At its meeting on Tuesday afternoon, the Downtown Design Review Committee reviewed plans for the Heart of Auburn project, which will redevelop a large swath of land along Samford Avenue into a sprawling residential development. 

The Heart of Auburn project will bring 423 units with about 734 beds south of the current commercial component that includes CVS Pharmacy. All by one parcel at the corner of Samford Avenue and South Gay Street will be redeveloped. 

The Heart of Auburn will offer market-rate units — studio and one-, two- and three-bedrooms — and will not rent by the bedroom. There is no public retail component in the project.

"It's not purpose-built student housing," said Brett Basquin of Foresite Group during the DDRC's meeting in October. "It's a market-rate deal."

The DDRC reviewed  the project in October, suggesting improved designs and approaches for the corner of South College and Samford, and the addition or expansion of stoops for ground-level units along College, Samford and Gay Street, among other suggestions. 

Representatives of Greystar, the developer of the project, and its design firm, Dwell Design Studio, incorporated the DDRC's suggestions into design changes and reconfigurations. 

"Not only will we be the developers, we'll also be the construction company, so we pride ourselves on having a turnkey operation," said Rick Tripp, managing director of construction for Greystar, during the first DDRC meeting in October. "This is going to be one of our flagship multi-family deals. It will have, obviously, residents of all ages."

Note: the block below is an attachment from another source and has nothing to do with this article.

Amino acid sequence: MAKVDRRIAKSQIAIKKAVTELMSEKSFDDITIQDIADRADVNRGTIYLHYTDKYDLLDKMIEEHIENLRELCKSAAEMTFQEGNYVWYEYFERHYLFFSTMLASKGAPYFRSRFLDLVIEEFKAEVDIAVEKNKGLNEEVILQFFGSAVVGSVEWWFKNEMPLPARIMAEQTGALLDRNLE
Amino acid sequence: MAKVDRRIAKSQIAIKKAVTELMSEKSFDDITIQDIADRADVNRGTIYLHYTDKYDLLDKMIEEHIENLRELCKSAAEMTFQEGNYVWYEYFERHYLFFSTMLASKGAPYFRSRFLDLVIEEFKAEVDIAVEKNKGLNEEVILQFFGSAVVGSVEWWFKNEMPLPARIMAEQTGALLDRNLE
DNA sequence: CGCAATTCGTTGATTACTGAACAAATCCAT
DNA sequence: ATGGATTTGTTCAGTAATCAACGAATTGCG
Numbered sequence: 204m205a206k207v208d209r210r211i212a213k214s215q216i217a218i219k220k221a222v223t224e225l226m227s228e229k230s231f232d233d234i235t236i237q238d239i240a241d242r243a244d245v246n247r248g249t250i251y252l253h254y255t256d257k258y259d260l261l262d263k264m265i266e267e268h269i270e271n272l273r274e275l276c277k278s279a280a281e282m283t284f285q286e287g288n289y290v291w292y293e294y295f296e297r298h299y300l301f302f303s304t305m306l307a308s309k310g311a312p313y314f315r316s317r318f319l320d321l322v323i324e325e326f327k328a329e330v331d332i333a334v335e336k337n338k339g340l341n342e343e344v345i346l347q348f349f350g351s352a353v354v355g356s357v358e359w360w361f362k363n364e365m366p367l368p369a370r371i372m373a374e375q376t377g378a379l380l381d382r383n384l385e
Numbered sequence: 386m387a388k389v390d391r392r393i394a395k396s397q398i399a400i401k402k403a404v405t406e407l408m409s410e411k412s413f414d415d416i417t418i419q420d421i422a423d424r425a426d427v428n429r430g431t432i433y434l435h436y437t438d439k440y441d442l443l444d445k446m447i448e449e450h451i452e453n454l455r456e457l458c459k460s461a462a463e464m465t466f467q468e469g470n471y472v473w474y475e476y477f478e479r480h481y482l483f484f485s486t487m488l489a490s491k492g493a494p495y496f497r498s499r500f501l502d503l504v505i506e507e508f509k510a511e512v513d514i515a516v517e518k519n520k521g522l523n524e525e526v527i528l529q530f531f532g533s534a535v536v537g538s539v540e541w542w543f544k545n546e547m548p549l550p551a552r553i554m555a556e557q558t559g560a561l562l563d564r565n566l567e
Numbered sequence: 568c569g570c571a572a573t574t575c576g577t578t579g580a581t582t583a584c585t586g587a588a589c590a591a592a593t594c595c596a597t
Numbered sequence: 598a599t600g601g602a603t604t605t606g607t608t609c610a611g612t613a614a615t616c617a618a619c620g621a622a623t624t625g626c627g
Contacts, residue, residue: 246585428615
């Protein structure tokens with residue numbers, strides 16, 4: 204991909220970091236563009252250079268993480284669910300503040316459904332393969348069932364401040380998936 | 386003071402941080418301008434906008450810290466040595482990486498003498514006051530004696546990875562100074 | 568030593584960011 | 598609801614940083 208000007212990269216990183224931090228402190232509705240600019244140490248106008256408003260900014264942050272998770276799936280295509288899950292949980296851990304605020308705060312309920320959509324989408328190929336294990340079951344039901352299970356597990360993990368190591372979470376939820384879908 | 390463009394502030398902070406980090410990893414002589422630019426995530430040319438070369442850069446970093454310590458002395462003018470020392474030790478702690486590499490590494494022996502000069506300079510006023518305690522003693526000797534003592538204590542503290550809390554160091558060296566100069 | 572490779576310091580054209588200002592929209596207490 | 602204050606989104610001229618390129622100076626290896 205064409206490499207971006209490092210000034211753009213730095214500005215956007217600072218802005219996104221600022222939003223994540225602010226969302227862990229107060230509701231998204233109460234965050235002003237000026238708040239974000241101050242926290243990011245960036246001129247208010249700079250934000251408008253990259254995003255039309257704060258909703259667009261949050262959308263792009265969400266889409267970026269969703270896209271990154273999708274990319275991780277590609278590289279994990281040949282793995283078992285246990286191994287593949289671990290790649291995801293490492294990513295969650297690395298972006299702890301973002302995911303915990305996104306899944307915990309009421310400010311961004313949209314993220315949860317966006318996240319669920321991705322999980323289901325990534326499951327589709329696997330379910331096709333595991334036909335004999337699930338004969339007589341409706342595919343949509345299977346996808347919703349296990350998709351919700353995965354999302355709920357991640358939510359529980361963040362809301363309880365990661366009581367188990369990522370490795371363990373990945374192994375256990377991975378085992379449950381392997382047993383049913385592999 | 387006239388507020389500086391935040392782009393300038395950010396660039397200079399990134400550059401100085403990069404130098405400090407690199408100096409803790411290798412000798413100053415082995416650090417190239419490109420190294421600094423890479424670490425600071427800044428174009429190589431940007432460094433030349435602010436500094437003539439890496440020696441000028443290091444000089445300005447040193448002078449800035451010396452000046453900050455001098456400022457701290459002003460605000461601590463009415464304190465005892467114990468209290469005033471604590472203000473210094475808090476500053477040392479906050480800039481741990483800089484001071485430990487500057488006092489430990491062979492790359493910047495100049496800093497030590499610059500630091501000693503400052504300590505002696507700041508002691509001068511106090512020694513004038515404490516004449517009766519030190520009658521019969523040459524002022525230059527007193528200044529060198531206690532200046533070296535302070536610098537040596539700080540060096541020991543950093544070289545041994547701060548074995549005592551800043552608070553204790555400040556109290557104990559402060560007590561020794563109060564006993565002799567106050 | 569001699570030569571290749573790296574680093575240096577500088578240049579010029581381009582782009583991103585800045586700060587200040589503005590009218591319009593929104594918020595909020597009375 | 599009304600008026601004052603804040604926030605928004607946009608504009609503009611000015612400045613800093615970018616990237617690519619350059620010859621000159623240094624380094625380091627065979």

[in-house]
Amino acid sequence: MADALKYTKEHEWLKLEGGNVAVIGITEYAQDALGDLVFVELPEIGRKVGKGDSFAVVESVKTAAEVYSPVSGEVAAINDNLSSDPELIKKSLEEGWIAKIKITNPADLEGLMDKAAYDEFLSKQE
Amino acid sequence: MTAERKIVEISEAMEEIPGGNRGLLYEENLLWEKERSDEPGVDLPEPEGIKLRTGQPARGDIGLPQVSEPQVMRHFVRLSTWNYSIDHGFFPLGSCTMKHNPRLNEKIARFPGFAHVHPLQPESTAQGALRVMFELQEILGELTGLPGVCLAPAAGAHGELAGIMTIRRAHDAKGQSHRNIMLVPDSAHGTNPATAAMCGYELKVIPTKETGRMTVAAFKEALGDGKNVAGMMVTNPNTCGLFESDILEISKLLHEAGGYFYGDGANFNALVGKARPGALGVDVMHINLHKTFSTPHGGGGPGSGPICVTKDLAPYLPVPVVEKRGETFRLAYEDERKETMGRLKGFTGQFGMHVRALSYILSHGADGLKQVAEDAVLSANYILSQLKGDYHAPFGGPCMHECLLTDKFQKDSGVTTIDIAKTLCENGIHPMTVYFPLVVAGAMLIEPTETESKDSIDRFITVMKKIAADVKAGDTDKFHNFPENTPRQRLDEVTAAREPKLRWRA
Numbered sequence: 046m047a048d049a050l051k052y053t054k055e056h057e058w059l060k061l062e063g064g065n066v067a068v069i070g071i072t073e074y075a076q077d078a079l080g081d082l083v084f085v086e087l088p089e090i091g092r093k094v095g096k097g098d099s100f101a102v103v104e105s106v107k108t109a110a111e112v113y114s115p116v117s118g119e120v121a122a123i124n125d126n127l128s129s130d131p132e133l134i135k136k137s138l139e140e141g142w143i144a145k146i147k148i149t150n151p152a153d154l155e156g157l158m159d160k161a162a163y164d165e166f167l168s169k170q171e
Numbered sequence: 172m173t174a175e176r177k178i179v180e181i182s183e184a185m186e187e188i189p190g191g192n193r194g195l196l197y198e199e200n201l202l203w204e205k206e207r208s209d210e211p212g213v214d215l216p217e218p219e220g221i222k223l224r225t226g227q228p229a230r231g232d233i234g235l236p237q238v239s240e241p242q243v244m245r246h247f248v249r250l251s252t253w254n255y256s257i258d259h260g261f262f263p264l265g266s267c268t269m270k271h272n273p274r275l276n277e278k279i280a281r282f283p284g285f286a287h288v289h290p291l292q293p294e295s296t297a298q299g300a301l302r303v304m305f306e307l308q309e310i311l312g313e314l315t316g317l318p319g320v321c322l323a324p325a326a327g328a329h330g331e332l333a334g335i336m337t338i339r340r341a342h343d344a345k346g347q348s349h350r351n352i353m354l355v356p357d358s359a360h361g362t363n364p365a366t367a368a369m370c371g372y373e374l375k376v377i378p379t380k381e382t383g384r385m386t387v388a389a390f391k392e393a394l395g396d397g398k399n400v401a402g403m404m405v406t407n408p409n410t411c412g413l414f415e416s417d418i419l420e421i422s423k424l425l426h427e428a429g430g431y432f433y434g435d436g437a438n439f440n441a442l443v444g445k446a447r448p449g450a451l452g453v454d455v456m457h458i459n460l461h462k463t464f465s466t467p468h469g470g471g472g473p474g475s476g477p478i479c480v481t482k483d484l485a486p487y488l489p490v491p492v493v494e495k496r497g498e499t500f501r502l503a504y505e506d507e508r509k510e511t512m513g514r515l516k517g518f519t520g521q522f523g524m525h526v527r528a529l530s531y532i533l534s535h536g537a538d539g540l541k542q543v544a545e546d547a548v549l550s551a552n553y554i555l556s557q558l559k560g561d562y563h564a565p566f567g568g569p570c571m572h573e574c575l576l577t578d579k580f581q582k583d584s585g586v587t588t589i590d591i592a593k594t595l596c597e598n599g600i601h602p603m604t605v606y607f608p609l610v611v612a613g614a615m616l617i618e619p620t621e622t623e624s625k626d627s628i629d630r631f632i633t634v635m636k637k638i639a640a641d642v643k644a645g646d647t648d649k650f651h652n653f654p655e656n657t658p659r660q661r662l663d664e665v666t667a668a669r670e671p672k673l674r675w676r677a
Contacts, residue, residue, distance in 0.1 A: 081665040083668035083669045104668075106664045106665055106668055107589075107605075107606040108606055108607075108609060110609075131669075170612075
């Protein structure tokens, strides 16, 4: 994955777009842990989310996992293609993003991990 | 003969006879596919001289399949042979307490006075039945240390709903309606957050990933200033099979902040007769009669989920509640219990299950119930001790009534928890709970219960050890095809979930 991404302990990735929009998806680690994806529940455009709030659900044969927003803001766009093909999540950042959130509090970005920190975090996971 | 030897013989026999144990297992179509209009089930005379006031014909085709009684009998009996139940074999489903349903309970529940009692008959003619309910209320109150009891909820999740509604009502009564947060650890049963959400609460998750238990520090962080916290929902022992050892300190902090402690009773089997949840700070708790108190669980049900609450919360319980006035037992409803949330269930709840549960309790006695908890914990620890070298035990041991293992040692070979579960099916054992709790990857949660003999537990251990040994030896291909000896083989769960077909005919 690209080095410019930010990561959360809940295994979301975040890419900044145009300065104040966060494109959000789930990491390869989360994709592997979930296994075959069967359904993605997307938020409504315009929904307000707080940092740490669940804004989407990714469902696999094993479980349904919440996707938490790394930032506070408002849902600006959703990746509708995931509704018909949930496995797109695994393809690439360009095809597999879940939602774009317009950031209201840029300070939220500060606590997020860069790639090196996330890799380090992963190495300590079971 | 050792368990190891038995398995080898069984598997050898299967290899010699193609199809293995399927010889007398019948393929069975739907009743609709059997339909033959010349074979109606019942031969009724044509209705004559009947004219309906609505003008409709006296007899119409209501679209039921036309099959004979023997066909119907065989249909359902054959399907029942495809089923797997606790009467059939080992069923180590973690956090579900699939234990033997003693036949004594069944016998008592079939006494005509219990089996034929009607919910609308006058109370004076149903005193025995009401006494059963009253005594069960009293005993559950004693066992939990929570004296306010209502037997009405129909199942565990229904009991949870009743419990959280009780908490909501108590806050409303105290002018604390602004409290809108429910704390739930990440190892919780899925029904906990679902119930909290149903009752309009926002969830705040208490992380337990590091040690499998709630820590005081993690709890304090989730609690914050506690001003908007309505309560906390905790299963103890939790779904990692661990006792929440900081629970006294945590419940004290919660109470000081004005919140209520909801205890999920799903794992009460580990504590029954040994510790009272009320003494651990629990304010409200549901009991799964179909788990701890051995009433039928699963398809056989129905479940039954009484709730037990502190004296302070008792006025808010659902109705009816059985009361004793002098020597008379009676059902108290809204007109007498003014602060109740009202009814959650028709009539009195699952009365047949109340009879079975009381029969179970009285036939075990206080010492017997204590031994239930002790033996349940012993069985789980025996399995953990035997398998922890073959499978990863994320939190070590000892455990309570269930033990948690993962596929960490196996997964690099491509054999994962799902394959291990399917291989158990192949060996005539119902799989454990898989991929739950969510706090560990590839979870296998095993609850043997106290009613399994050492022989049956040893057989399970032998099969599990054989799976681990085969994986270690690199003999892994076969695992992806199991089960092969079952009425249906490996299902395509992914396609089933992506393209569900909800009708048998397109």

The revised plans include more public space on the South College-Samford corner, the addition of more brick along that South College facade, as well as incorporation or expansion of stoops for ground-level units on College.

"First and foremost, we've carved out a covered open space in the building to expand the public space on the corner of College and Samford," said Jay Silverman of the architectural firm Dwell Design Studio. "As we go around the development, we've developed a little bit further the stoops along College. I think the group had asked us to make those as wide as possible and take them out to the sidewalk."

The firm also developed a plaza space at the retail entrance separating the northwest corner of the planned main building and the existing retail building that houses Taziki's. 

The project will also raze and redevelop the location where Newk's currently resides, replacing it with a second residential building separate from the main building. 

In response to the DDRC's requests at the first meeting, the firm flipped the leasing and amenity space away from the South Gay frontage and oriented it toward the parking area behind the building, which created residential units with stoops along South Gay. 

The firm also incorporated connected stoops to units off of the planned courtyard area on Samford.

The DDRC seemed generally pleased with the changes. 

The project developer and city officials also discussed the widening of South Gay Street during the time between the two meetings, which will extend the center turn lane all the way to the current entrance into the existing commercial component of the Heart of Auburn. That change prompted  a redesign of the streetscape and the DDRC's focus on street trees and wells along the planned eight-foot South Gay sidewalk. 

"This is a really long building," said DDRC member David Hinson. "And to have no street trees along that edge is going to get a pretty negative public reaction, so I would encourage the design team to find some way to solve that problem."

Silverman posited one possible solution — placing tree wells along the sidewalk opposite those areas of the building that don't include stoops, but do include more green buffer space between the building and sidewalk.

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